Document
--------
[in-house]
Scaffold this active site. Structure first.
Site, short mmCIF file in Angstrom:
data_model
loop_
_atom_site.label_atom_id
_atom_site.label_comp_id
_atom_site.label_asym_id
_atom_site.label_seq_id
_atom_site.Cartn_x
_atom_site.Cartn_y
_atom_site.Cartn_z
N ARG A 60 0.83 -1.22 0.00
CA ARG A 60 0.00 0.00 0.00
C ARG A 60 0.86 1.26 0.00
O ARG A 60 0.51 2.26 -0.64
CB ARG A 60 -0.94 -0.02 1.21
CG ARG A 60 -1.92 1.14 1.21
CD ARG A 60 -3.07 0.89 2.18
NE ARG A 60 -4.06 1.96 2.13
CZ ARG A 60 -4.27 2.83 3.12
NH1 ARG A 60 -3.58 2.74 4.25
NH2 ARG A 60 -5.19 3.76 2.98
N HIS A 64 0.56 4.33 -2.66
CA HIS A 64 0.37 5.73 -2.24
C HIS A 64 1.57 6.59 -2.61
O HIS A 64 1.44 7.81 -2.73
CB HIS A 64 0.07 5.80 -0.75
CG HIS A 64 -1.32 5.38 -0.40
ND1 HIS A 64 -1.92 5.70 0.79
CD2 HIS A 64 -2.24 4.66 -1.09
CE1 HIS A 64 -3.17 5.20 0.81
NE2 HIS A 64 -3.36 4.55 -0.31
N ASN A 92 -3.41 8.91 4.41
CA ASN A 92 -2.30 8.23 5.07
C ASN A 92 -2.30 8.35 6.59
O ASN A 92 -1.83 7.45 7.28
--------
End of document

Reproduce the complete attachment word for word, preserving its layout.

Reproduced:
[in-house]
Scaffold this active site. Structure first.
Site, short mmCIF file in Angstrom:
data_model
loop_
_atom_site.label_atom_id
_atom_site.label_comp_id
_atom_site.label_asym_id
_atom_site.label_seq_id
_atom_site.Cartn_x
_atom_site.Cartn_y
_atom_site.Cartn_z
N ARG A 60 0.83 -1.22 0.00
CA ARG A 60 0.00 0.00 0.00
C ARG A 60 0.86 1.26 0.00
O ARG A 60 0.51 2.26 -0.64
CB ARG A 60 -0.94 -0.02 1.21
CG ARG A 60 -1.92 1.14 1.21
CD ARG A 60 -3.07 0.89 2.18
NE ARG A 60 -4.06 1.96 2.13
CZ ARG A 60 -4.27 2.83 3.12
NH1 ARG A 60 -3.58 2.74 4.25
NH2 ARG A 60 -5.19 3.76 2.98
N HIS A 64 0.56 4.33 -2.66
CA HIS A 64 0.37 5.73 -2.24
C HIS A 64 1.57 6.59 -2.61
O HIS A 64 1.44 7.81 -2.73
CB HIS A 64 0.07 5.80 -0.75
CG HIS A 64 -1.32 5.38 -0.40
ND1 HIS A 64 -1.92 5.70 0.79
CD2 HIS A 64 -2.24 4.66 -1.09
CE1 HIS A 64 -3.17 5.20 0.81
NE2 HIS A 64 -3.36 4.55 -0.31
N ASN A 92 -3.41 8.91 4.41
CA ASN A 92 -2.30 8.23 5.07
C ASN A 92 -2.30 8.35 6.59
O ASN A 92 -1.83 7.45 7.28